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Discussion Starter #1
So - major newbie mistake when i was taking the cover off one of my hives today.

One of the brood frames from right in the middle of the box was connected to the inner cover. As I pulled up the inner cover slowly I could tell it was connected because of the extra weight. I wasn't sure how to effectively remove that frame from the inner cover without lifting it up, so that's what I started to do. It came up with the inner cover, and I was slowly moving it so I could get at it, and suddenly it snapped off and the frame fell and landed smack down on my inverted top cover. I nearly cried. Most of the bees fell off it as well, onto the inner cover ... I was in a bit of a panic because I thought maybe the queen might be there, somewhere on the inverted outer cover (or in the grass eep) ... of course I couldn't see her anywhere. So I just picked the frame up, put it back in the box and continued with the inspection. I didn't see the queen again on any other frame, but then again there's a very good chance I just missed her (I wasn't spending much time looking for her as I didn't want to keep the hive open too long).

Anyway - i guess i'm wondering ... what's a good way to combat that scenario? How do other folks detach stuck frames (to inner covers) without wreaking havoc?
 

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I think probably others do wreak some havoc but get a bit used to it:)
I usually use my hive tool to hold the frame from coming right up or if I can reach put the hive tool over the top end and hold it down.
 

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After removing outer cover Pry up inner cover about 1/2 inch. and blow a couple of puffs of smoke in the hive, this will send the bees down between the frames. give the cover a twist and break free the burr comb.
 

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I've done it tenbears way, and I've also lifted up a little bit, maybe an inch or so, and then held the frame in place with pressure fro mthe hive tool. with the frame in place securely, a slitght rocking of the iner cover breaks it free easily. set cover aside and then grab the frame and lift it out.
 

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Lots of ways to do it. I keep either a roll of very thin wire or an old guitar string in my tool box. Puff some smoke under cover and then lift cover up just enough to get wire in and use it like a saw. Works every time, but previous poster correct, might need to add supers. Hope this helps.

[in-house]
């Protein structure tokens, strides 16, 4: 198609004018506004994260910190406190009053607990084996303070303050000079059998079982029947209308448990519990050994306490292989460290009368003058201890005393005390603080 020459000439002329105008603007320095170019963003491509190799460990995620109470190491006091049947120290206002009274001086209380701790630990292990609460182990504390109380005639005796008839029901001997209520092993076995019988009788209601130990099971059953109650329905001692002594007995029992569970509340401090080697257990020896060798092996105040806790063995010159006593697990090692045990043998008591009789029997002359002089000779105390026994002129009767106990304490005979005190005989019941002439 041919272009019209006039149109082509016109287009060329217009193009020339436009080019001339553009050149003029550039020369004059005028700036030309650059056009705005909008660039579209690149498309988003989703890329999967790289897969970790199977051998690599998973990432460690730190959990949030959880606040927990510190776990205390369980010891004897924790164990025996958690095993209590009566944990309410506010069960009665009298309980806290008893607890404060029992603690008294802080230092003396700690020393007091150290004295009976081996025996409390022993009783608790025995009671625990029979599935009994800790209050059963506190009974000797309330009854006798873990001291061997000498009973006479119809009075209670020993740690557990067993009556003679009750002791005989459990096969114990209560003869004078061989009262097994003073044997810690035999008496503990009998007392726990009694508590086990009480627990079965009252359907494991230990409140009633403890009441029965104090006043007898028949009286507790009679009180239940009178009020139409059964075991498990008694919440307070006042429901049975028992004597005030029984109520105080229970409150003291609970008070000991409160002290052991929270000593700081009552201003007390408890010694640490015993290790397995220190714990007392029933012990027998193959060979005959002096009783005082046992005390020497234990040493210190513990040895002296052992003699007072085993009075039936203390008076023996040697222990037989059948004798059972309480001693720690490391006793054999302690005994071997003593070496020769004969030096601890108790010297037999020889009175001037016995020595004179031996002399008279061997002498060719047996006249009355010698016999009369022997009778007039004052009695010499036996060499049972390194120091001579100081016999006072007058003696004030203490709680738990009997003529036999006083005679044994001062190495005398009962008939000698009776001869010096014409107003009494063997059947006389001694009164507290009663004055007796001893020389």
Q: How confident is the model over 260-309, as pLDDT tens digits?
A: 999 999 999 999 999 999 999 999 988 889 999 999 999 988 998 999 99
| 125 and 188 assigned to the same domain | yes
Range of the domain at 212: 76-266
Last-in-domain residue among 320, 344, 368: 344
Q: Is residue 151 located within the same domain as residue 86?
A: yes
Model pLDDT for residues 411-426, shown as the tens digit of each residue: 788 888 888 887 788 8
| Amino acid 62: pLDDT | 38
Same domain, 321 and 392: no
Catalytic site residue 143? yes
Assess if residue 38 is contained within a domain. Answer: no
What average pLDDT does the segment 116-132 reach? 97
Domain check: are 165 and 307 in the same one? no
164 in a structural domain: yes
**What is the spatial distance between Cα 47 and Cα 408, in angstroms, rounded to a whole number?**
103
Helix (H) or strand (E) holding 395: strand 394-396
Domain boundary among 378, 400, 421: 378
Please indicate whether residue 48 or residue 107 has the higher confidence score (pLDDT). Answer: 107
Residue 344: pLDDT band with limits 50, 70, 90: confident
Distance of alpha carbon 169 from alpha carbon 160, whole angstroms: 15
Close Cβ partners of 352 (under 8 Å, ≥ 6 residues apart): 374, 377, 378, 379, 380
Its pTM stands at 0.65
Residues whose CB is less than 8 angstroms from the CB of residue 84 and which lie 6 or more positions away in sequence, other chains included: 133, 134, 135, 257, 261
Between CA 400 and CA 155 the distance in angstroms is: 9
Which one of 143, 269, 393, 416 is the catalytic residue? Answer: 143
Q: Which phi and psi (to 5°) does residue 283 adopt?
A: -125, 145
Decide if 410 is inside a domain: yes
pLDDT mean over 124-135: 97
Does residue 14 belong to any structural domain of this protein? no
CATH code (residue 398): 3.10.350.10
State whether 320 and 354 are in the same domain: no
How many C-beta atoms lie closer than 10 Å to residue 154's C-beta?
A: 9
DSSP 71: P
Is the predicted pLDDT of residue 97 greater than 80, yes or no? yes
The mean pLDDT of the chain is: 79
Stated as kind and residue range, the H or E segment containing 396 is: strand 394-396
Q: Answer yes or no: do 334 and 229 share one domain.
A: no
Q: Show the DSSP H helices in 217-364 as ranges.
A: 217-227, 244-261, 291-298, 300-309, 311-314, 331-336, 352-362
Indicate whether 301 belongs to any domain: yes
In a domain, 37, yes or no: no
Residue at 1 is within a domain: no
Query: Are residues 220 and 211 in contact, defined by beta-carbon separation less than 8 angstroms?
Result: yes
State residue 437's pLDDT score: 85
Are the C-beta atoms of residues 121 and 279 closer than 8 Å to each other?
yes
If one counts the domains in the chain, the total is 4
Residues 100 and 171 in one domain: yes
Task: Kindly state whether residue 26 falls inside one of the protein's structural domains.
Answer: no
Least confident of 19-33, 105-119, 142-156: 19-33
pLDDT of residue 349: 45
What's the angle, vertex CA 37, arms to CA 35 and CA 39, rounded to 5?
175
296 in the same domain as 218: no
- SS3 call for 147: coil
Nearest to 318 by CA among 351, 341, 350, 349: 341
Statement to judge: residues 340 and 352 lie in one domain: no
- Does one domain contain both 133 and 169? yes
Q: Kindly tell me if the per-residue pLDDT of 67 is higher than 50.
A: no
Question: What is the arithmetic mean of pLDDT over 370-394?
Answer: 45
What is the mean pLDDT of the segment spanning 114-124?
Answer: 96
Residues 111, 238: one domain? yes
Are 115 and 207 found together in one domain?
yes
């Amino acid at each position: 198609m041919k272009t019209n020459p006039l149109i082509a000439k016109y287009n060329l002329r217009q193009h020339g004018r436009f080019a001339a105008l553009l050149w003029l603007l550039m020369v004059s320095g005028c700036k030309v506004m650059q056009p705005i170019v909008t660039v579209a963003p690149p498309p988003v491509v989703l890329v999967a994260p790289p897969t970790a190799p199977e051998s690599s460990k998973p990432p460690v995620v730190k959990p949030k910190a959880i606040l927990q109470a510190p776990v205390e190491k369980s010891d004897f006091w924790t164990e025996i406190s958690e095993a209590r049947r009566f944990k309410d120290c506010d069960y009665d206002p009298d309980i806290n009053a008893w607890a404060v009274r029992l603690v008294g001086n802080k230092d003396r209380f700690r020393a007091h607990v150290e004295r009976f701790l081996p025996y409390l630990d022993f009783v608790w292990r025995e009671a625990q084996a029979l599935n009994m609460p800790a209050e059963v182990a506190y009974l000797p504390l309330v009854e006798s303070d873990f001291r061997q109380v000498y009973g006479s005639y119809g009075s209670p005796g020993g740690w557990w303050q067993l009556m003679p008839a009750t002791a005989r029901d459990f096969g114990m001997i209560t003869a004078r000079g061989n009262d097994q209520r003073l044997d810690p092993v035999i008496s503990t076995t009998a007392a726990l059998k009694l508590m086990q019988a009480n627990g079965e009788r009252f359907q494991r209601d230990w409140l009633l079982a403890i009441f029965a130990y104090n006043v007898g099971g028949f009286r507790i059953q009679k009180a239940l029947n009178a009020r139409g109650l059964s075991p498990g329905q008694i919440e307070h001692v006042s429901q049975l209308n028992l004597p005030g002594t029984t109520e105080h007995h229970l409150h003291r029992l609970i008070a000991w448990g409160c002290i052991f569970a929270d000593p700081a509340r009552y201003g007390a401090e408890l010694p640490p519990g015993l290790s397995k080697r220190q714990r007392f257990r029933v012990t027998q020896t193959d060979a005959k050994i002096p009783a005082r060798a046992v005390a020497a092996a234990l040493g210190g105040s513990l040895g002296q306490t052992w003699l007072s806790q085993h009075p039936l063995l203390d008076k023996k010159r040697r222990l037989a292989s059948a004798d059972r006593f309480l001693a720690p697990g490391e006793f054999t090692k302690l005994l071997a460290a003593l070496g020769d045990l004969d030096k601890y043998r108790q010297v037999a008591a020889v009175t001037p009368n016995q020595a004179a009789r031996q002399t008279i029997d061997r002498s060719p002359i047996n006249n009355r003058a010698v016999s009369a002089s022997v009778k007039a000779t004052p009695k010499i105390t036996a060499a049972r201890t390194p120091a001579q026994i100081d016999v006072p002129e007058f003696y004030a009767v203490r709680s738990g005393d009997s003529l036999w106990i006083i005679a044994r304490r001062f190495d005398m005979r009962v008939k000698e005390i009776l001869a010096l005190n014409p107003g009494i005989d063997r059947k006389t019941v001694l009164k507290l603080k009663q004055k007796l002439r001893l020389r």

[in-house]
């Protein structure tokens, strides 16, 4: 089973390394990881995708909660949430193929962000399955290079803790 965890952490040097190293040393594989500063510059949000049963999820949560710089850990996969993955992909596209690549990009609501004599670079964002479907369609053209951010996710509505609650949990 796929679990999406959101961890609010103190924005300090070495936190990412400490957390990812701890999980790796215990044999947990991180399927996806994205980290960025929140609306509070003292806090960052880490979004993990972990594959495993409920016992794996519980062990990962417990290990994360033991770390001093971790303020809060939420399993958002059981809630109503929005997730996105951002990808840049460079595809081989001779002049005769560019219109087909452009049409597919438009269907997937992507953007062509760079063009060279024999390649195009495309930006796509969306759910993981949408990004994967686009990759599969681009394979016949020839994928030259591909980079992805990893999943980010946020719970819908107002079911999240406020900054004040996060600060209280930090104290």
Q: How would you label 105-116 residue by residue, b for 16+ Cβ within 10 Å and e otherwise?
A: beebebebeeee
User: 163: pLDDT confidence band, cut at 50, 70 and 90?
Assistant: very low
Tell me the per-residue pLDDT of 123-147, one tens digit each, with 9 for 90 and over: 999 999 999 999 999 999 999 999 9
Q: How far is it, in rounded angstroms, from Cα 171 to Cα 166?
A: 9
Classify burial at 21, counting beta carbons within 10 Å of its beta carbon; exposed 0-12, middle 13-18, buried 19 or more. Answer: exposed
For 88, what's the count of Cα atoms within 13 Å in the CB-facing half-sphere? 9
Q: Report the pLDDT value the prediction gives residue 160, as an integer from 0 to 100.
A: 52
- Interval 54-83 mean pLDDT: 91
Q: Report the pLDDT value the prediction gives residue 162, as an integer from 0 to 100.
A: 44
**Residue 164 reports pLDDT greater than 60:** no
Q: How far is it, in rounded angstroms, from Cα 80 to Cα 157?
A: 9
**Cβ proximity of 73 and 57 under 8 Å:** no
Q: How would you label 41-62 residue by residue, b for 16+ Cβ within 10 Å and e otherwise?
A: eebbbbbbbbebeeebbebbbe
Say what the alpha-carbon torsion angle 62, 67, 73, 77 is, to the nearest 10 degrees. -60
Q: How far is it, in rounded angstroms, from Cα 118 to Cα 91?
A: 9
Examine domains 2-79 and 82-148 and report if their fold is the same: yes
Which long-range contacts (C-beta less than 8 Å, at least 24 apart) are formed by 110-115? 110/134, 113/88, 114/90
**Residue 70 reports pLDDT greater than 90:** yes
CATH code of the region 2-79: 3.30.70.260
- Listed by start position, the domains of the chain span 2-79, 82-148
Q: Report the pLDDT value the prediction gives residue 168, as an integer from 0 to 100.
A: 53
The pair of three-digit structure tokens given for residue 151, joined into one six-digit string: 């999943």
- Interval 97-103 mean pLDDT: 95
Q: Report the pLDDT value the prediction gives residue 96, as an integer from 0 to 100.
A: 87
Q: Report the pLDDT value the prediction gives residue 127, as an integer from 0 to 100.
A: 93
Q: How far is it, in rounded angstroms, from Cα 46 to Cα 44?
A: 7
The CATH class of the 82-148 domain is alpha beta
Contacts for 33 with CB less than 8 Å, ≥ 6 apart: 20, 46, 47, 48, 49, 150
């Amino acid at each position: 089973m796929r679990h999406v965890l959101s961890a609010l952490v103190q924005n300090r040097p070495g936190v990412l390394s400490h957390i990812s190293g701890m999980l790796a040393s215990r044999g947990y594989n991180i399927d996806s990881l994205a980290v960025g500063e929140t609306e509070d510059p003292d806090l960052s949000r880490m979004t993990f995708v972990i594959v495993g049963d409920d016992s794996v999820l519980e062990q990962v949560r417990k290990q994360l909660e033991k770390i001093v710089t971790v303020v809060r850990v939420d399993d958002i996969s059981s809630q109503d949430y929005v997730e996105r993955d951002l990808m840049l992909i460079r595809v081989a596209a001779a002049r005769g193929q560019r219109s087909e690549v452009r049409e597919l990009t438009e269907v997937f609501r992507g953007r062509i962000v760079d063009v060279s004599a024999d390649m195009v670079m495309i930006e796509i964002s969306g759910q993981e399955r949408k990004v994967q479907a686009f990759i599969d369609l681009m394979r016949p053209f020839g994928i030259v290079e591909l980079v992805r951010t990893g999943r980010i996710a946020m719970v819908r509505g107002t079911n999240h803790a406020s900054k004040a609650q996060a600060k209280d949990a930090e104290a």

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I'm with Cedar Hill...sounds like they really needed room. I am certainly not what I would call an experienced beek...only been at it for 3-4 years...but I have never had the bees secure a frame to an inner cover. A little burr comb, yes, but secured? No. Echoing Cedar Hill...a bit too late for the next layer. JMO.

As an additional thought...your inner cover...Are you running it with the slot UP, and to the back? I'm just thinking if it was up-side down, it may have allowed too much space that they felt the need to fill. Just a thought...
 

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Was it a plastic frame? They are notorious for this issue. You can use a sheet of plastic as an inner cover, and it solves the problem there, but it also is an issue between boxes. Prying them loose while you hold the back of the box up 1/2" is the only workaround that I know of - and you could still kill the queen I guess.
 

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Discussion Starter #10
Thanks for the responses. The problem is definitely not that they need more room ... they have too much now if anything! I am running plastic frames however, so maybe that's the reason.
 
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